Russia warns Poland on US missile base
Language is strongest yet against plan
MOSCOW - Russia warned Poland yesterday that it is exposing itself to attack - even a nuclear one - by accepting a US missile interceptor base on its soil, delivering Moscow's strongest language yet against the plan.
American and Polish officials stuck firmly by their deal, signed Thursday, for Poland to host a system that Washington says is meant to block missile attacks by rogue nations like Iran.
Moscow is convinced that the base is aimed at Russia's missile force, however, and the deal comes as relations already are strained over the fighting between Russia and US-allied Georgia over the separatist Georgian region of South Ossetia.
"Poland, by deploying [the system], is exposing itself to a strike - 100 percent," General Anatoly Nogovitsyn, the deputy chief of staff of Russia's armed forces, was quoted by the Interfax news agency as saying.
He noted that Russia's military doctrine sanctions the use of nuclear weapons "against the allies of countries having nuclear weapons if they in some way help them."
Nogovitsyn said that would include elements of any strategic deterrence system, according to Interfax.
Polish Foreign Minister Radek Sikorski said Poland was willing to let Russia inspect the future missile base to give Moscow "tangible proof" that it is not directed against Russia's arsenal, the Polish news agency PAP reported.
Russian President Dmitry Medvedev said the Polish missile deal "absolutely clearly demonstrates what we had said earlier - the deployment has the Russian Federation as its target."
However, speaking in Sochi, Russia, at a news conference with German Chancellor Angela Merkel yesterday, Medvedev appeared to take a softer position than Nogovitsyn's on the Polish base. "It is sad news for all who live on this densely populated continent, but it is not dramatic," he said.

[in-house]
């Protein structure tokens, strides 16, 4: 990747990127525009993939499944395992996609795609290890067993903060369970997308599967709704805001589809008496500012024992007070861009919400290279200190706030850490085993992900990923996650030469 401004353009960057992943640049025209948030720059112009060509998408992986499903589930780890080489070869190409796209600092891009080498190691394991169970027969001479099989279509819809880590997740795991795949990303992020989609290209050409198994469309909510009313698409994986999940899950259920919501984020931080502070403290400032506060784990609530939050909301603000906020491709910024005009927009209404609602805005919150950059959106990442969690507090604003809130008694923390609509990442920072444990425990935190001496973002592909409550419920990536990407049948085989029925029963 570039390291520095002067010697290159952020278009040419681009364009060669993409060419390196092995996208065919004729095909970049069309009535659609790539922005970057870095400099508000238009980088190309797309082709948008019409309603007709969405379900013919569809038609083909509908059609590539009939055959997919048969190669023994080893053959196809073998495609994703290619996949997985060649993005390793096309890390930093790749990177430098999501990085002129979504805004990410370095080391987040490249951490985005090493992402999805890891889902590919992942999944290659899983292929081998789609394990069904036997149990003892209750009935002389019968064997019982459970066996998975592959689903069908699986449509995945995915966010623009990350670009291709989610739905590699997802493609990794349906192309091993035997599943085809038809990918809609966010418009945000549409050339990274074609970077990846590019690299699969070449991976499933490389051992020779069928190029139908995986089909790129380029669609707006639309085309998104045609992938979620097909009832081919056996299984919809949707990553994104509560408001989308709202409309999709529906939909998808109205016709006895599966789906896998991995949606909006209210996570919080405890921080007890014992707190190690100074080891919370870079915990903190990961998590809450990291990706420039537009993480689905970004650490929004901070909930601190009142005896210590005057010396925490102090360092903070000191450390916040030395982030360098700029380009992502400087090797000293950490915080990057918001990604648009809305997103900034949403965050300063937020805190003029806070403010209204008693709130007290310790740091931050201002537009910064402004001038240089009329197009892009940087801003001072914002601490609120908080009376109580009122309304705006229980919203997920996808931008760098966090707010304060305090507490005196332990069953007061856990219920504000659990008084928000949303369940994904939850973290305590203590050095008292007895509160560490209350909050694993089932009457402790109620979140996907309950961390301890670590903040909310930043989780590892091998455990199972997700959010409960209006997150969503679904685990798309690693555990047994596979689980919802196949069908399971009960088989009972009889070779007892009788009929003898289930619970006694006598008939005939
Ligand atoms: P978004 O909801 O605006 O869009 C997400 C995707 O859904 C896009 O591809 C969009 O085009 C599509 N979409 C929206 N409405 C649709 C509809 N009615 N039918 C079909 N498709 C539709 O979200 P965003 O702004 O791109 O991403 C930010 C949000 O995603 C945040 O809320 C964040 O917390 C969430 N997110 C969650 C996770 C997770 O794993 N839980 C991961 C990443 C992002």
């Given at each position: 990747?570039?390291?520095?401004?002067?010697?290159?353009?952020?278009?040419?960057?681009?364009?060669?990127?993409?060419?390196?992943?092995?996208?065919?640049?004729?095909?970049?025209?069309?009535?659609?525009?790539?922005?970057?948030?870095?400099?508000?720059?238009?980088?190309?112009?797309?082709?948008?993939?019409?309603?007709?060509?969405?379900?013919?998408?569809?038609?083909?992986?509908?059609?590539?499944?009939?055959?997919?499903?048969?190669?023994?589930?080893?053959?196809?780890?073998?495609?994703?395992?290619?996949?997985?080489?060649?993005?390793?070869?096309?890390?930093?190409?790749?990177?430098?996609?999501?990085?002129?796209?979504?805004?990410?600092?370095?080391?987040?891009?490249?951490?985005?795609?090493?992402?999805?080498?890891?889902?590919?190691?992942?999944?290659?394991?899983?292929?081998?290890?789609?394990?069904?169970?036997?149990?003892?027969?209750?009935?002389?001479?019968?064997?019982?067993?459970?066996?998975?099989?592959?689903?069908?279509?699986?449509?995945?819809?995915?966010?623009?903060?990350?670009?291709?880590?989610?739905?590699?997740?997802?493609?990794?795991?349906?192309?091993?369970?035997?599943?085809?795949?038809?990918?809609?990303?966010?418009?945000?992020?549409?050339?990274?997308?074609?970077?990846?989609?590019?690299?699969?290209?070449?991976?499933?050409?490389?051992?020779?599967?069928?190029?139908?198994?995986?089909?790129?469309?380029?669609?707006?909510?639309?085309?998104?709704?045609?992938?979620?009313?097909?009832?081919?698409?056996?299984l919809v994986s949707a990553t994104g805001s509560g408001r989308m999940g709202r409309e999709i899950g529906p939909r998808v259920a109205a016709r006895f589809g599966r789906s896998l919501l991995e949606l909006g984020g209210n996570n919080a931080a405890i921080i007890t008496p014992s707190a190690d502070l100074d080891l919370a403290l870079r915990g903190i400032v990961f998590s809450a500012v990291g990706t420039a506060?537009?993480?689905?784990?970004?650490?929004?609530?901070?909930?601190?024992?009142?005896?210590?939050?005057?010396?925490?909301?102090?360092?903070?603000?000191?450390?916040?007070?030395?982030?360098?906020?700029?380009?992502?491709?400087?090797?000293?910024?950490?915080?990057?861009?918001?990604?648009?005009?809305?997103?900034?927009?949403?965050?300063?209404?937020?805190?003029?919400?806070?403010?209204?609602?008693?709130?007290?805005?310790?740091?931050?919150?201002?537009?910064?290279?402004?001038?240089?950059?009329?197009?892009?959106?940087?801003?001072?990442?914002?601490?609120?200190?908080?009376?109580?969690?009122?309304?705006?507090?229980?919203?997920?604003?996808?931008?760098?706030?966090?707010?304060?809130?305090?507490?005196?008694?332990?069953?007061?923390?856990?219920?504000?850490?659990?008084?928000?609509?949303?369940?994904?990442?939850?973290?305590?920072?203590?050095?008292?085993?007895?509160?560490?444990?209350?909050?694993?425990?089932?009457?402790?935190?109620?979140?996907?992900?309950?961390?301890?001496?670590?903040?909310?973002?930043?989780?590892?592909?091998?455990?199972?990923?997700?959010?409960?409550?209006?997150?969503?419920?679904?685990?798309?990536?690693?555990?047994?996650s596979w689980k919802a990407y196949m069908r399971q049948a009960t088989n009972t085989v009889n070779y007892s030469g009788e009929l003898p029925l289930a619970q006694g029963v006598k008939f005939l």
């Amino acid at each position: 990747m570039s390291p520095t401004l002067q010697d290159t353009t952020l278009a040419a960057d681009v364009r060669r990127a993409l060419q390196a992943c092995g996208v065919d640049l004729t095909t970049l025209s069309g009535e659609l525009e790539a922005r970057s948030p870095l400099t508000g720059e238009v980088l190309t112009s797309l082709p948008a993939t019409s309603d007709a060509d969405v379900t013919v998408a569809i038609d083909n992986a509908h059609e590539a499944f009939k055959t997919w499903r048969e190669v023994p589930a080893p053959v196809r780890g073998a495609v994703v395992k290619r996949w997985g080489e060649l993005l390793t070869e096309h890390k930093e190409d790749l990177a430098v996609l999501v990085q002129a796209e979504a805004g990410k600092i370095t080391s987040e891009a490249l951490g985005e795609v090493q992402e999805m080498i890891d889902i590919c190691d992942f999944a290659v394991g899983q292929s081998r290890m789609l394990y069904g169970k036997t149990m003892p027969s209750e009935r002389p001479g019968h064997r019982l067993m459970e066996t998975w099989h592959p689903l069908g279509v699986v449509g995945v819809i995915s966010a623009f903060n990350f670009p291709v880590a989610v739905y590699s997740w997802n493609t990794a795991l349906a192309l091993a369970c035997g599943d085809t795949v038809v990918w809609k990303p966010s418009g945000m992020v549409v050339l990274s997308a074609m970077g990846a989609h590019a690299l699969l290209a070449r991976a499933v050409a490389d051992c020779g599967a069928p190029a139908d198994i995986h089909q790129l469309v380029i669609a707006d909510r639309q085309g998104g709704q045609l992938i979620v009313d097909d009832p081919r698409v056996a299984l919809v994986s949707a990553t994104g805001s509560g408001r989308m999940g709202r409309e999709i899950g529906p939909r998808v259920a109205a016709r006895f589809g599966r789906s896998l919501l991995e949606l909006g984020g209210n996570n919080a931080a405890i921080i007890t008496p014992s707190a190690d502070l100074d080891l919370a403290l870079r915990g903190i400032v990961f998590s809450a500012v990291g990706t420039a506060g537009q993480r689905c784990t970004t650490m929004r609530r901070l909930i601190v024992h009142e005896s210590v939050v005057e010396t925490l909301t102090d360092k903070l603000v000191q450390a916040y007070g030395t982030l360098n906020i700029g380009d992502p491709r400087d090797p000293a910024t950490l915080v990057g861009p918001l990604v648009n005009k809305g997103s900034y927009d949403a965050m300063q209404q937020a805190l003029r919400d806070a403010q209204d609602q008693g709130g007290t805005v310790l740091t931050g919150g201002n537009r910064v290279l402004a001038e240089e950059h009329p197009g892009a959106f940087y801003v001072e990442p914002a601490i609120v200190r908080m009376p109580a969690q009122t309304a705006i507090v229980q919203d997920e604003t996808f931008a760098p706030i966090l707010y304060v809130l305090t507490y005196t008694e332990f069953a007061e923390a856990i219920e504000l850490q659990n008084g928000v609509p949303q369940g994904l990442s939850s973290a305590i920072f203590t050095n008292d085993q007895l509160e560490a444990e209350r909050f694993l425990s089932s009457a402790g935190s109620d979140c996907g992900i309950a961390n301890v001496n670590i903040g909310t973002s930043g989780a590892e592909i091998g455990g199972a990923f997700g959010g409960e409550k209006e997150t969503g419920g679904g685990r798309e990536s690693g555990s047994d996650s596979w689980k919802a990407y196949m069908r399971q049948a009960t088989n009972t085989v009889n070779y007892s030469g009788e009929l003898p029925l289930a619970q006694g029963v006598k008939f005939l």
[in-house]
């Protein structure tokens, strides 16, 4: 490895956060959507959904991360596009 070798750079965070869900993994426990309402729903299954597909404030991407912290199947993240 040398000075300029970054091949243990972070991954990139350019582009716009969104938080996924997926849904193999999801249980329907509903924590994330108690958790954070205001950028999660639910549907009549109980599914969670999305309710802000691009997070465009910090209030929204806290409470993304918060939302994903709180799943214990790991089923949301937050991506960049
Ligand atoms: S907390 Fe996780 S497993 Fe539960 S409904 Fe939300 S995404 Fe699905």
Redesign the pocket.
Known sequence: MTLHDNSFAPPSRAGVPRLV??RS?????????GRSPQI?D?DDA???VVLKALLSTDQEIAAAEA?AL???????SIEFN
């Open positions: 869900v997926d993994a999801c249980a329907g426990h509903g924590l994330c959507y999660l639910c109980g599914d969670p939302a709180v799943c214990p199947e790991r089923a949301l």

Merkel suggested that Russia be included in the missile defense system.
"From my point of view, this deal is not directed against Russia," she said. "We will continue to advocate that talks be continued on how we can convince Russia of this and also . . . include it."
US officials defended the missile defense deal and said the timing was not meant to antagonize Russian leaders amid the conflict in Georgia.
"Poland is an independent country. And it's an ally of the United States. And it's a democratic country, to whose security the United States is committed" through NATO, Secretary of State Condoleezza Rice said during a visit to Georgia's capital, Tbilisi.
"Russia should welcome having democracies on its border, not threaten them," she said.
At a news conference earlier in the day, Nogovitsyn reiterated Russia's frequently stated warning that placing missile interceptors in Poland and a linked radar post in the Czech Republic would bring an unspecified military response. But the general's subsequent reported statement substantially stepped up the war of words.
Russian troops went deep into Georgia in the fighting, raising wide concerns that Russia could be seeking to occupy parts of a small, pro-US neighbor that has vigorously lobbied to join NATO, or perhaps force the Georgian government to collapse.
"I think the Russian behavior over the last several days is generally concerning not only to the United States but to all of our European allies," Pentagon spokesman Bryan Whitman said when asked about Russian threats against Poland.
He also suggested that earlier US offers for broad cooperation with Moscow on the missile defense program might be reevaluated considering the latest developments.
The missile deal, struck Thursday after more than 18 months of talks, must still be approved by Poland's parliament and signed by Rice during a future visit to Warsaw, possibly next week.
Polish Prime Minister Donald Tusk said the United States agreed to help augment Poland's defenses with Patriot missiles in exchange for placing 10 missile defense interceptors in the eastern European country.
He said the deal also includes a "mutual commitment" between the two nations to come to each other's assistance "in case of trouble." That clause appeared to be a direct reference to Russia, whose resurgent muscle worries Polish leaders.
"Simply, the existence of this installation increases Poland's security," Polish President Lech Kaczynski said.
The United States and the Czech Republic have already signed a pact for that country to host a radar system as part of the shield. The Czech Republic's parliament has yet to approve the deal.
Washington has tried to reassure Moscow that the $3.5 billion missile shield system planned in the European countries would pose no threat to Russia, stating that missiles carry no warheads and would be no match for Russia's nuclear arsenal.
The system would use hit-to-kill technology in which an array of sensors and radar would detect an enemy missile in flight and a ground-based interceptor would destroy it. The interceptors would ram incoming warheads at a closing speed of 15,000 miles per hour.